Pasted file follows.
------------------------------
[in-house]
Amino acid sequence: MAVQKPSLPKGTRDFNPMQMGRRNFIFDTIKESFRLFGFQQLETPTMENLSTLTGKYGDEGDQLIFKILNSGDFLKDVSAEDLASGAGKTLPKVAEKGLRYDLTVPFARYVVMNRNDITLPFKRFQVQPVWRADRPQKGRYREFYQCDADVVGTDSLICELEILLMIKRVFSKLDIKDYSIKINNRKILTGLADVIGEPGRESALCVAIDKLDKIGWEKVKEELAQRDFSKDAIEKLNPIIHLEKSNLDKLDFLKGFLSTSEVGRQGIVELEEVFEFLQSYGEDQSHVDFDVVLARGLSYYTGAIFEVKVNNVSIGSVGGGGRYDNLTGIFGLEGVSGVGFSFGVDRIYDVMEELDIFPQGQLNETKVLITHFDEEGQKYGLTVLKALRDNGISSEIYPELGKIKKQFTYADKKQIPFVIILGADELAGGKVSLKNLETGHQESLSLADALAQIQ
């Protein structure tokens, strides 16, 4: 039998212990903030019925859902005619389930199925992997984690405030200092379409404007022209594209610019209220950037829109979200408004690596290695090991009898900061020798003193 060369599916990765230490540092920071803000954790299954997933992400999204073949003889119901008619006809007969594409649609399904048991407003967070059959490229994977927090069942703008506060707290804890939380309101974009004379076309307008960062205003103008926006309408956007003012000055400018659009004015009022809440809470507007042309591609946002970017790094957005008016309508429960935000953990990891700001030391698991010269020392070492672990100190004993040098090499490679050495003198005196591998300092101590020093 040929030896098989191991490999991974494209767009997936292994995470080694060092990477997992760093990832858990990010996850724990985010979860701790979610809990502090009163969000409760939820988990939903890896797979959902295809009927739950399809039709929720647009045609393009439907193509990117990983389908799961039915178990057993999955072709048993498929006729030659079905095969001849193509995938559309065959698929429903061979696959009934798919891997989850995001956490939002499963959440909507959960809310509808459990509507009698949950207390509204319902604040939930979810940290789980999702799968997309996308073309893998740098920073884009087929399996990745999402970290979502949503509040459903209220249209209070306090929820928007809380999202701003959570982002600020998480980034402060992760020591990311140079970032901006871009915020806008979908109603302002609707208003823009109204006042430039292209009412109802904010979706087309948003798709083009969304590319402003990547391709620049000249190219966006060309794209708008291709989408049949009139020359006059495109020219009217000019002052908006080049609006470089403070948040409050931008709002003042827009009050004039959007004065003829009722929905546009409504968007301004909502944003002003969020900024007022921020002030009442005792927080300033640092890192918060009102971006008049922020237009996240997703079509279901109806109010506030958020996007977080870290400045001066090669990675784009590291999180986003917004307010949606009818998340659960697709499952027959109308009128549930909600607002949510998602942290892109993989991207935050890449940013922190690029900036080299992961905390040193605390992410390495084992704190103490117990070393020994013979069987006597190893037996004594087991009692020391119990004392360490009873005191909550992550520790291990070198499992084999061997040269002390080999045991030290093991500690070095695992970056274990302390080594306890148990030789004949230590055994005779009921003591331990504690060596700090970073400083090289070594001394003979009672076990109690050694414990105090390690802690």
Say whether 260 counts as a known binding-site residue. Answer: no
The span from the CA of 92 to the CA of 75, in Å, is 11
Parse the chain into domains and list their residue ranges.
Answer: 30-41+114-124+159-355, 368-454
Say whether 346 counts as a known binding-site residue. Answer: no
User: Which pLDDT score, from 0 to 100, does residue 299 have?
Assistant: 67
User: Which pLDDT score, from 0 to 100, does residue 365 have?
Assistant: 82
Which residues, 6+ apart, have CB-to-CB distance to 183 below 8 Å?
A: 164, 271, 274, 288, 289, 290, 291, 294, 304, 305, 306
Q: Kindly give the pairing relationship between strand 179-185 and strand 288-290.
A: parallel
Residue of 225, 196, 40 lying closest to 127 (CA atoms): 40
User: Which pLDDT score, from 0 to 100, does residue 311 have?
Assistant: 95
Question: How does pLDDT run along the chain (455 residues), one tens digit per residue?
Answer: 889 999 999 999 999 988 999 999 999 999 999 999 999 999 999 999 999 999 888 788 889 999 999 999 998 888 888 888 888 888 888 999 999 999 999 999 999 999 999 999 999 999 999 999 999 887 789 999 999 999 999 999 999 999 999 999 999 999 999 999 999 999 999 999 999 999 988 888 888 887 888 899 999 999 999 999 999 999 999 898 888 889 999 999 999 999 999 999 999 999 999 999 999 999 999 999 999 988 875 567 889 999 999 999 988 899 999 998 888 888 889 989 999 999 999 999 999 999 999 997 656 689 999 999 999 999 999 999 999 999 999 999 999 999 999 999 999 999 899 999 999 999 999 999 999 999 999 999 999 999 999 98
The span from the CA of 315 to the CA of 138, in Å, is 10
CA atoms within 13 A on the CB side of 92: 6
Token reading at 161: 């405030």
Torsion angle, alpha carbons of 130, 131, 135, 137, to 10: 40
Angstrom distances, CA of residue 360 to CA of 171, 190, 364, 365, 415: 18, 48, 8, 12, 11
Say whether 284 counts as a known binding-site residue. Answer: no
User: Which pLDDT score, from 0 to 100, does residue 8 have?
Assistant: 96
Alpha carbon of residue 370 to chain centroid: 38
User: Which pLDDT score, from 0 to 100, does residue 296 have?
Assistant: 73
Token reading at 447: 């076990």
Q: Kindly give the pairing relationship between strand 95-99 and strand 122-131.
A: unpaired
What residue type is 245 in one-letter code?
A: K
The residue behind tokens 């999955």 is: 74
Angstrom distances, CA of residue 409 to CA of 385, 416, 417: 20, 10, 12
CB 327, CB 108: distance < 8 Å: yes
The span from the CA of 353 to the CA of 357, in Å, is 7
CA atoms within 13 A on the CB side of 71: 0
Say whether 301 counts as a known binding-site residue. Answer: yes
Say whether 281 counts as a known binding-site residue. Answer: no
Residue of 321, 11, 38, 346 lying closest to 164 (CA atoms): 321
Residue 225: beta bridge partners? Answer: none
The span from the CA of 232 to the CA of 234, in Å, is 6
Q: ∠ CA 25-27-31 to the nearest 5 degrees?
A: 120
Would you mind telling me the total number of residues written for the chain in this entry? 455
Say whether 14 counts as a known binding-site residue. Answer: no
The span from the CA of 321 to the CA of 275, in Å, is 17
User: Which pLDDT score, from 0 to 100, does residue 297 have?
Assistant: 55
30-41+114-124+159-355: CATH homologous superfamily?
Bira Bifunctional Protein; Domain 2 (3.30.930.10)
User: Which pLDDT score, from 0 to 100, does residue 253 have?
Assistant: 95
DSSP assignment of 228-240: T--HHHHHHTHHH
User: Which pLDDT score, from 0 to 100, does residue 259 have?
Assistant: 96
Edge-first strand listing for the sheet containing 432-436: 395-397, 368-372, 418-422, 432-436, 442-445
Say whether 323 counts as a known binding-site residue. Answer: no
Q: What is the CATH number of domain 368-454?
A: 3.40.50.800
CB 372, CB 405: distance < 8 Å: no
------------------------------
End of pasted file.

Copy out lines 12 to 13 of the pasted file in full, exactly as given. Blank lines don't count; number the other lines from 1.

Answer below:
Assistant: 82
Which residues, 6+ apart, have CB-to-CB distance to 183 below 8 Å?